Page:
Welding cast iron is one of the most challenging jobs a welder can do. One mistake, and you could make things a whole lot worse. You could end up doing more damage, or worse still, produce a weld that looks solid but, is in fact, weak.
Be it ductile iron, gray, or any other type; the trick is to follow the correct procedure and choose the right filler material when you weld cast iron. Here is our guide to welding cast iron.
- Understand the type of cast iron: Cast iron comes in different types like gray, white, ductile, and malleable. Knowing the type helps determine its weldability and the right approach to take.
- Choose the right welding rod: Selecting the appropriate welding rod, such as nickel or steel, is crucial for ensuring a strong and durable weld.
- Preheat and post-heat the cast iron: Preheating before welding and allowing the iron to cool slowly after welding helps prevent stress cracks and ensures a stronger weld.
- Select the proper welding technique: MIG, TIG, or Arc welding can be used for welding cast iron, but each method has its merits and downsides. Choose the one that best suits your project and skillset.
What Type of Cast Iron Is Not Weldable?
There are several types of cast iron, but some are more challenging to weld than others. More often than not, you will achieve about a 50 percent success rate.
Gray is the most common type of iron, and it is widely used. It gets its name from the color of the fracture it forms, thanks to high levels of graphite. This type of iron is weldable, but with great difficulty.
White iron is hard and brittle. It is similar to gray iron in that carbon is present, but unlike gray iron, graphite does not form during solidification. White iron has uses in applications where abrasion resistance is imperative over brittleness. You find white iron in slurry pumps, cement mixers, flanges and pipe fittings.
White iron is almost impossible to weld.
Ductile iron is far less brittle than cast iron, so it bends without breaking. Widely used in the automotive industry and other heavy industrial settings, it is the ideal material for making wheels, pump housings, gearboxes, piping, and many other items.
Ductile iron is difficult to weld, but it can be achieved under the right conditions and with patience and skill. It is not something that should be undertaken by an inexperienced welder.
Malleable iron is not weldable because the heating process changes the material’s properties, making it useless. It starts out as white iron, but through heat treatment, it becomes malleable.
How To Weld Cast Iron
Once you’ve determined the type of iron you have, the next step is to decide whether you will preheat or cold weld.
1. Preheat or Cold Weld
There are two schools of thought on how to weld iron. Some say preheating is the best option, while others swear that cold welding is the right approach. Cast iron is brittle and cannot be bent or molded when hot.
Heating cast iron has a deforming effect on the metal, raising the potential that one part of the metal may heat or cool faster than another, causing cracking and stress fractures. At 1,400 degrees Fahrenheit, cast iron changes characteristics completely, potentially weakening the integrity of the metal.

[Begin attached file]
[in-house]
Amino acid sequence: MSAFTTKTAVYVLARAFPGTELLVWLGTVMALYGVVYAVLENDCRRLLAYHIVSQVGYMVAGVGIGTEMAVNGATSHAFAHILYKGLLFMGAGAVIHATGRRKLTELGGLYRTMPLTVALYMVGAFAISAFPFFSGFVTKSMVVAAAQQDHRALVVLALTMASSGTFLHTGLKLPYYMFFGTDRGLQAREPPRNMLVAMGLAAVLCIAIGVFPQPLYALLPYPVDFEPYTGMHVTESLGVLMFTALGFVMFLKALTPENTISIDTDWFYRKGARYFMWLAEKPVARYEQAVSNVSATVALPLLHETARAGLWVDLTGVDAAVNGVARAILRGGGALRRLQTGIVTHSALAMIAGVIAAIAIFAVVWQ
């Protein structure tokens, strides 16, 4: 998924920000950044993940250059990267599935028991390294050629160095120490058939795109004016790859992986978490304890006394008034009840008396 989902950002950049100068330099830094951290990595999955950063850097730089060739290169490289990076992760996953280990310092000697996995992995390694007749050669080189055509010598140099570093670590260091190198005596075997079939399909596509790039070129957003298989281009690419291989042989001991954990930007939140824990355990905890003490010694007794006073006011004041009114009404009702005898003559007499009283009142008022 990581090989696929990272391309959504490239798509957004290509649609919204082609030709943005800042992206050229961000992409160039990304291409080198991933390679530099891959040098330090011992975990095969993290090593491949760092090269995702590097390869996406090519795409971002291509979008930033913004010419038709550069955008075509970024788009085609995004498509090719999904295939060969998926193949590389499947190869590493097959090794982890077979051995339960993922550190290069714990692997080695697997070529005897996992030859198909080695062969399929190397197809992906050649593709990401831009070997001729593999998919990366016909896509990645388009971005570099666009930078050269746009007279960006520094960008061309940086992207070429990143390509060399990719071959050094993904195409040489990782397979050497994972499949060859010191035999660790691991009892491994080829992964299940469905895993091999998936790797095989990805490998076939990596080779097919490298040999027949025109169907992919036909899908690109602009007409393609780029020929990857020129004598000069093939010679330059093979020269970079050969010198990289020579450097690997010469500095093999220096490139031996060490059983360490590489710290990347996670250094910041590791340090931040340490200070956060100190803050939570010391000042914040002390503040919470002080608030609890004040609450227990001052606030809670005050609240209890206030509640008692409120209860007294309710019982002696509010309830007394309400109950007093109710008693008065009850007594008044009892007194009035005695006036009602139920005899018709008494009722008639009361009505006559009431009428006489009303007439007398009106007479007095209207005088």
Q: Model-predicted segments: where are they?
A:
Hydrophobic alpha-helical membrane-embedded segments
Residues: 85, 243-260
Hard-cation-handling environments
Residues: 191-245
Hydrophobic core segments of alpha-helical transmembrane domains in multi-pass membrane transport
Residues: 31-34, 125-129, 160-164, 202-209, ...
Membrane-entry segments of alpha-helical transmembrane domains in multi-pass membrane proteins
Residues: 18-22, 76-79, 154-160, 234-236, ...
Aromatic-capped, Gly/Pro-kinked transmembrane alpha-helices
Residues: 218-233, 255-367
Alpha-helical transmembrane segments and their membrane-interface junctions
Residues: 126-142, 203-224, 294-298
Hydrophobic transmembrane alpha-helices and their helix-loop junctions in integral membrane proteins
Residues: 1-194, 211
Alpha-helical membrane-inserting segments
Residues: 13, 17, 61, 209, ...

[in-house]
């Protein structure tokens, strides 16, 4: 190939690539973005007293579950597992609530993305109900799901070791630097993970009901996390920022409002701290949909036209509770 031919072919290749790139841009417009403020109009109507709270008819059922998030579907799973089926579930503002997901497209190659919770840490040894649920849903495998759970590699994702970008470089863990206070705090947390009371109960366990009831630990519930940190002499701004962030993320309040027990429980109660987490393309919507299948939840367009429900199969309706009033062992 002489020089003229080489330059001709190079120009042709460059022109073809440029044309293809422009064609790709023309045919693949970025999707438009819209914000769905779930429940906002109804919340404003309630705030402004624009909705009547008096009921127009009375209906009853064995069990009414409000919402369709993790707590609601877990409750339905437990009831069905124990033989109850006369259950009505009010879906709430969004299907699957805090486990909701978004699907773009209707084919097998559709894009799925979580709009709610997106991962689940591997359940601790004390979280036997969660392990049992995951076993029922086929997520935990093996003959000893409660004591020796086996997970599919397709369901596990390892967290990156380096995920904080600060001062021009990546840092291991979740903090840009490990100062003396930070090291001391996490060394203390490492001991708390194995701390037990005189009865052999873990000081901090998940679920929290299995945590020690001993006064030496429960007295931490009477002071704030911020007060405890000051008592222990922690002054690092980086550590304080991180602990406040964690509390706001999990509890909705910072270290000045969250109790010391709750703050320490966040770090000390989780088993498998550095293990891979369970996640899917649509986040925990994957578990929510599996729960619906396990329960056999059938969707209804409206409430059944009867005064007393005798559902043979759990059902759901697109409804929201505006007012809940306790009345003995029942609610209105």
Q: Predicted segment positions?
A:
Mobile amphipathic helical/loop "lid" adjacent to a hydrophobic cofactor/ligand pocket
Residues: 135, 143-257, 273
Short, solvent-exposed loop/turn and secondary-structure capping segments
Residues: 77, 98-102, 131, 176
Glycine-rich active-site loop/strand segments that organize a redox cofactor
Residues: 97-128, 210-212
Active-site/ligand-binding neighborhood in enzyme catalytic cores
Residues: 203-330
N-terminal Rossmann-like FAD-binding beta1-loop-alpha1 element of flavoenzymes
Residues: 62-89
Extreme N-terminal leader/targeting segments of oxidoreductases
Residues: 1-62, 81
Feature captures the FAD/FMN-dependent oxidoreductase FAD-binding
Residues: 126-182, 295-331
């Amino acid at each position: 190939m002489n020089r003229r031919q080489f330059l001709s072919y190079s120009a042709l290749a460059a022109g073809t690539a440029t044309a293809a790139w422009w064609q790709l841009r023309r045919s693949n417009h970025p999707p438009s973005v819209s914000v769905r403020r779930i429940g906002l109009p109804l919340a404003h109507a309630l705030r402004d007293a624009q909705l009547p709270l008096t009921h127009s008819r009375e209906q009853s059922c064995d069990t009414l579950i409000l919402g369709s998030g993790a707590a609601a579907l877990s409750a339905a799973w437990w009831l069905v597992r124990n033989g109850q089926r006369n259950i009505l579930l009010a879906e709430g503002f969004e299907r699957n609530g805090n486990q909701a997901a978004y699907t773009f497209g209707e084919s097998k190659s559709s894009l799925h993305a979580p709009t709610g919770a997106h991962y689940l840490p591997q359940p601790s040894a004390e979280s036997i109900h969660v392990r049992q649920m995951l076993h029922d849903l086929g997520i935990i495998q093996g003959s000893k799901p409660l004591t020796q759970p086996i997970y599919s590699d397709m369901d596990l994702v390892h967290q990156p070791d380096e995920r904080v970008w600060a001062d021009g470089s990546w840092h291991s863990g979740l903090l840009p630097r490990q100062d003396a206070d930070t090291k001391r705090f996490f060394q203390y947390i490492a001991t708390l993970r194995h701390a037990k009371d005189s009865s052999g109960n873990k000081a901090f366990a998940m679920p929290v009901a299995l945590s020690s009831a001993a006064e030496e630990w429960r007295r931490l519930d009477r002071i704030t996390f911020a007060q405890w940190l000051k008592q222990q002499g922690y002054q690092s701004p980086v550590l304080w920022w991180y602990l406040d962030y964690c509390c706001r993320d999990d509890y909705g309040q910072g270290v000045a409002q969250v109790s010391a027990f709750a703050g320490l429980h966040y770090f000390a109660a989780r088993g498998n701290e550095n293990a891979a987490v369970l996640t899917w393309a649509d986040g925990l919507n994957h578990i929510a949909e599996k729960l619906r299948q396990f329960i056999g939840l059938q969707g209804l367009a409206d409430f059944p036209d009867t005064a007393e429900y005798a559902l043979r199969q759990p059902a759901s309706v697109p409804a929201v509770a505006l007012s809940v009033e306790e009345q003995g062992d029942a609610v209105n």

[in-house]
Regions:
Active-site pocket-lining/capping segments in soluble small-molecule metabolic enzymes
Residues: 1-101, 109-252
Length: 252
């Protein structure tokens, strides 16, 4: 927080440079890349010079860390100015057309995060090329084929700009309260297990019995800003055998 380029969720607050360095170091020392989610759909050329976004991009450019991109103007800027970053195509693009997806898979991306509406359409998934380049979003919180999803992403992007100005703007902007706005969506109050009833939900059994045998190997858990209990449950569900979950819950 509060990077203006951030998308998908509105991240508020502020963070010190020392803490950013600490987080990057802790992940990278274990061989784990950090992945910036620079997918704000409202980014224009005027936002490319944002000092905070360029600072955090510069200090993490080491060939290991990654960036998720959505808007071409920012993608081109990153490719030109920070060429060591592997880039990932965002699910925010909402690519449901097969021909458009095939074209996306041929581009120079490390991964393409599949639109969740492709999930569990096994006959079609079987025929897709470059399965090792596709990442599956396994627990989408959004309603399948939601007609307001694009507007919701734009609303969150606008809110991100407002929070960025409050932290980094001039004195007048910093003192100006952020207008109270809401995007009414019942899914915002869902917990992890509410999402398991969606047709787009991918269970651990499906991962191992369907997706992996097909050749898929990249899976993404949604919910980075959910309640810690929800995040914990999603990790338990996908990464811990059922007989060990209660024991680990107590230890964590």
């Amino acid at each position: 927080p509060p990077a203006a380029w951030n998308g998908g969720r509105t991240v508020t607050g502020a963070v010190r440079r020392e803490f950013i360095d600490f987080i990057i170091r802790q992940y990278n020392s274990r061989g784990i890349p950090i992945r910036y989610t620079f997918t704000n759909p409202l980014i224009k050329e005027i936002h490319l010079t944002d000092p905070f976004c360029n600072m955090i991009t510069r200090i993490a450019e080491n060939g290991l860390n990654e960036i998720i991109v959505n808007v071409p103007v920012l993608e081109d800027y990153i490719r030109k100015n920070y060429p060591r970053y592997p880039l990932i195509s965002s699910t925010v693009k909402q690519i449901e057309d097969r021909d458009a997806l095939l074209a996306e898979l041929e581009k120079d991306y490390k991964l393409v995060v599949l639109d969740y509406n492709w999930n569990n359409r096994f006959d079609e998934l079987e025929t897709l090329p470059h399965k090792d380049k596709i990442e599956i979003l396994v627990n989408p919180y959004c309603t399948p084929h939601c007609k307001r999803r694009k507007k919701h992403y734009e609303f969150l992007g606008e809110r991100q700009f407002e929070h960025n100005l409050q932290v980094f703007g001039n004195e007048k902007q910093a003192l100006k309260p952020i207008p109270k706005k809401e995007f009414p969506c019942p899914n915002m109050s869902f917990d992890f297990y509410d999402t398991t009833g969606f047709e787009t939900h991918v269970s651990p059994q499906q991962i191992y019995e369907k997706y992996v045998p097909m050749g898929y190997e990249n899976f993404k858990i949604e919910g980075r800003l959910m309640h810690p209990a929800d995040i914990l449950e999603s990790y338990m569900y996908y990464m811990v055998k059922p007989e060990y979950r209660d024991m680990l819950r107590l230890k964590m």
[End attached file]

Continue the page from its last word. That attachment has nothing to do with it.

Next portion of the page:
By cold welding, the metal is placed under less strain, reducing the risk of cracking and warping, potentially creating a stronger weld. However, cold welding is not without its risks. Internal stresses may still occur and manifest themselves later, plus cold welding produces a weaker weld.
For this reason, experienced welders prefer the preheating method because they understand how the metal reacts and can control the situation to create a stronger weld.
2. Choose the Type of Welding Rod
The type and material of the welding rod dictate the quality of the weld.
Nickel Rod 99 Percent
These are considered premium welding rods. Nickel-based electrodes are expensive, but they are the best at producing welds with low to medium phosphate content and that is machinable.
Nickel Rod 55 Percent
These are a cheaper option than 99 percent electrodes, and they have a lower coefficient expansion, which produces less stress on the metal and fewer fusion cracks. This makes them better at repairing thicker sections of metal. These rods are also machinable.
Steel rods are the cheapest of the three options, making them the most economical. They are best suited to simple repair work and fillers. These electrodes are not machinable and require grinding to get the smoothest finish.
Steel rods are more user-friendly and can tolerate castings that are not entirely clean. It makes them the perfect choice when performing on-site repairs where the conditions may not be ideal.
3. Prepare the Cast Iron
Cast iron is temperamental, so make sure you pre and post-heat for the best results. The carbon within the metal causes the material to shrink and expand. For this reason, as much care should be taken with the pre and post-applications of the weld as to the process of welding itself.
Here’s what you need to be mindful of:
- Pre and post-heating preparation.
- Heat management when welding.
- Rod selection.
The process begins as follows.
Beveling the Fracture
Beveling is the process of cutting V-shapes using a cutting torch or a specialist beveling machine. The bevel makes a stronger bond between the metal surfaces and ensures that it won’t shear off at a later date.
Beveled but joints are far stronger than flat but joints.
Preheat the Cast Iron
Preheating can be done by applying a blowtorch to the surface. You can even preheat the metal by placing it in the charcoals of a lit barbecue. The idea behind preheating the cast iron is to slowly increase the metal’s temperature, ensuring a slower transition from room temperature to welding temperature. Think of it like transitioning the metal so it has less of a shock.